In November of 2015, I had the pleasure of meeting Erin, a 16-year-old female African lion. She had begun her training for blood collection five years prior, and participates in the training willingly. When she does what is asked of her, she’s given treats and verbal praise, such as, “Good girl, Erin”. She can decide not to participate whenever she likes, but most days she seems to enjoy the challenge of doing each behavior.

When training for blood collection begins, animal care staff first teaches an animal to place herself in the front area of her indoor holding area and to lie down when given a verbal cue to do so. Next, the zookeeper uses a long, hooked pole to gently pull her tail through a small gap located at the bottom of the stall door. They then hold her tail still so that I can place a tourniquet on her tail. Lastly, I visualize and palpate Erin’s tail vein and insert the needle to collect the blood sample.

Erin practices training weekly and we collect blood from her every six to 12 months. This helps Erin remain comfortable with medical procedures such as blood collection, administering injections and applying topical medications, if needed. We are able to accomplish these things with Erin’s willing cooperation and the use of anesthesia is not necessary, which is safer and more enjoyable for everyone.

Similar to domestic cats, large cats often get kidney disease as they age, which can cause high blood pressure. Every two months, a blood pressure monitoring device is used to measure Erin’s blood pressure values. In this case, the zookeepers practice the same training used for blood collection, but when the zookeeper gains access to Erin’s tail and holds it still, l place a blood pressure cuff on it instead of a tourniquet. Her blood pressure is measured by the same method that is used in humans; two values are taken into account: systolic pressure and diastolic pressure. With the information gathered over time, we are better able to identify if a health problem is developing so we can begin treatment sooner.

I cannot tell you enough how incredible it is to be part of this veterinary team who, along with the animal care staff, provide excellent care for the animals residing at the Detroit Zoo.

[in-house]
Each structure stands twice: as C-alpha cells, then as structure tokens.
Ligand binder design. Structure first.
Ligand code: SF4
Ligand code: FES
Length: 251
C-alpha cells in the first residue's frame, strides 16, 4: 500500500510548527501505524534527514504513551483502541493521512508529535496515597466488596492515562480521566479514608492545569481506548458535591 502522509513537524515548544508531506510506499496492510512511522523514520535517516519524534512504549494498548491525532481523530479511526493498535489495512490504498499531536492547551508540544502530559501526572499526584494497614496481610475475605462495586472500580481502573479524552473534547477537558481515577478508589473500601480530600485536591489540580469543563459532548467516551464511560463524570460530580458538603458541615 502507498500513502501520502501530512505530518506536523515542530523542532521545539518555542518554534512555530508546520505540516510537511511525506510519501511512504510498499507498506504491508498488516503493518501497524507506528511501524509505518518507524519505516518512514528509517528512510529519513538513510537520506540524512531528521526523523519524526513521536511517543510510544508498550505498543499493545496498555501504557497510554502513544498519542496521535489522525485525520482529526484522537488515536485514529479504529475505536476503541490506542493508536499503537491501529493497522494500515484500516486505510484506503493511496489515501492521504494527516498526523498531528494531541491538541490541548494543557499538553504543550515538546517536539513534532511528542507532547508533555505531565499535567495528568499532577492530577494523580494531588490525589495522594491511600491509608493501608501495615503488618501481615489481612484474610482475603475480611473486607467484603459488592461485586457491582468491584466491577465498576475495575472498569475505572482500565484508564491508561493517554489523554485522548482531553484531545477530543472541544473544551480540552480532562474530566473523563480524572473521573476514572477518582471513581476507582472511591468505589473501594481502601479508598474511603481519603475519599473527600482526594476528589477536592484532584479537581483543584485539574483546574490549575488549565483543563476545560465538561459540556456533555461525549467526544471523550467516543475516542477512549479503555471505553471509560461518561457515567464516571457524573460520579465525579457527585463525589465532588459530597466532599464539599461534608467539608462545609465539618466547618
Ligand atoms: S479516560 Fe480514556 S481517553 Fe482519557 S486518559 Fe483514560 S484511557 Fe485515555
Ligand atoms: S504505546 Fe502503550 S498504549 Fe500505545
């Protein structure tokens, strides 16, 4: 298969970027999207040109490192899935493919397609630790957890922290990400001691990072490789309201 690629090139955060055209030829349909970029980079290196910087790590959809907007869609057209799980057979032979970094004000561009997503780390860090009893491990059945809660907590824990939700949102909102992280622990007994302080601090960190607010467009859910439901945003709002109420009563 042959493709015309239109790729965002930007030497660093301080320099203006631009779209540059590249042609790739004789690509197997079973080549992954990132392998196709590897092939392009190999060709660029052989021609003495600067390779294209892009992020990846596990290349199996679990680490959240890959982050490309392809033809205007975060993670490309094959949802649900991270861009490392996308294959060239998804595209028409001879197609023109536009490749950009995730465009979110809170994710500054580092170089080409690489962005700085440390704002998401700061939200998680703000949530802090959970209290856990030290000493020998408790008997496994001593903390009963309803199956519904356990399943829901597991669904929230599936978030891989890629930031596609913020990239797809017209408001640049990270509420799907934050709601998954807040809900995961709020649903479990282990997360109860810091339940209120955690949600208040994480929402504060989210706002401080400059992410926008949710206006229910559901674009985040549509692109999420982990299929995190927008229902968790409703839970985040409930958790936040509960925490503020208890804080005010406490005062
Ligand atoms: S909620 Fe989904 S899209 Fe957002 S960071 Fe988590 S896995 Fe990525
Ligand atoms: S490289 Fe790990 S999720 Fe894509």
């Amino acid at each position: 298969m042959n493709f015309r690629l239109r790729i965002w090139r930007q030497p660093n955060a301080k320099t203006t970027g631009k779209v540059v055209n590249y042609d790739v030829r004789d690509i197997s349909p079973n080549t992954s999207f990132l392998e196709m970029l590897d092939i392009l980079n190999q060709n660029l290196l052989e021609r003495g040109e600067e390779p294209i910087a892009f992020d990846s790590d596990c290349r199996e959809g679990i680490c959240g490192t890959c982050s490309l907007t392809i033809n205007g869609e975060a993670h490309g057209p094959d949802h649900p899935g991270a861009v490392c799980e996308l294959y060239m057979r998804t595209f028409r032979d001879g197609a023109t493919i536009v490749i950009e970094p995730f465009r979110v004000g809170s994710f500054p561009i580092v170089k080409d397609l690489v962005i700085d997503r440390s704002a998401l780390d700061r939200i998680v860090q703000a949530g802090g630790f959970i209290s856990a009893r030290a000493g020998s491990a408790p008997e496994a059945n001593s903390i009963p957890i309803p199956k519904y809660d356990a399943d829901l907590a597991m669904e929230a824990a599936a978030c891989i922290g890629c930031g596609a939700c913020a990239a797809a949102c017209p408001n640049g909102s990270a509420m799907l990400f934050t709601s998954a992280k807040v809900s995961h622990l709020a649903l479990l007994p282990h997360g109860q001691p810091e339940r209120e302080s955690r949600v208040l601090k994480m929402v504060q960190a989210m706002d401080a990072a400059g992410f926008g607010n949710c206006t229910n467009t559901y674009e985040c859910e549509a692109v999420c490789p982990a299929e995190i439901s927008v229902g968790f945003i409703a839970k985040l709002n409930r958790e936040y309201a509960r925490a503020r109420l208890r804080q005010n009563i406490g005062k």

– Stacey Baker is a veterinary technician for the Detroit Zoological Society and works at the Ruth Roby Glancy Animal Health Complex at the Detroit Zoo.

Animal Welfare: A Brown Bear’s Journey

This month, we are celebrating the 20th birthday of Polly, a Syrian brown bear who was rescued and found sanctuary at the Detroit Zoo when she was young. She arrived in September of 2000 after spending the first three-and-a-half years of her life in deplorable conditions. Polly was born at a private breeder’s facility in Virginia in 1997. When she was 4 months old, she was sold to a roadside circus on the East Coast that already had a small menagerie of other animals. When she became too big to handle, Polly was relegated to a small cage with a large, hamster-like performance wheel where she rocked back and forth incessantly.

Several complaints from disturbed circus visitors concerned about the bear’s living conditions prompted PETA (People for the Ethical Treatment of Animals) to try to secure her freedom. After months of negotiations, PETA was successful in convincing the circus owner to relinquish the bear. The Detroit Zoological Society (DZS) accepted PETA’s request to provide a new home for Polly, providing her with the chance to finally experience an environment in which her welfare was of the utmost importance.

After all these years in a safe and stimulating environment, cared for by dedicated DZS staff members, Polly still demonstrates some of the unnatural, stereotypic behaviors she developed living in a small cage, despite being in an environment that is much larger and more suitably complex and stimulating. Unfortunately, it is not uncommon to see animals continue to demonstrate such behaviors even after they are removed from the conditions that caused the behaviors in the first place.  These “behavioral scars” are not a reflection of current conditions, but rather of past traumatic experiences that forever alter an animal’s behavior and life. DZS staff members monitor Polly closely, as they do all of the animals, and use positive reinforcement training and environmental enrichment, as well as allowing her to exercise as much choice and control over her environment as possible to provide her with a safe and comfortable home that meets her physical, behavioral and emotional needs.

Polly reminds us that animals which are forced to perform for human entertainment in circuses and other “shows”, are usually harmed in the process of their training or their living conditions, and often irreparably. All animals deserve to live in environments in which they can thrive, not just survive, and once they are scarred, they often can never be fully healed, despite the great care sanctuaries, like the Detroit Zoo, provide them.

– Dr. Stephanie Allard is the director of animal welfare for the Detroit Zoological Society and oversees the Center for Zoo Animal Welfare.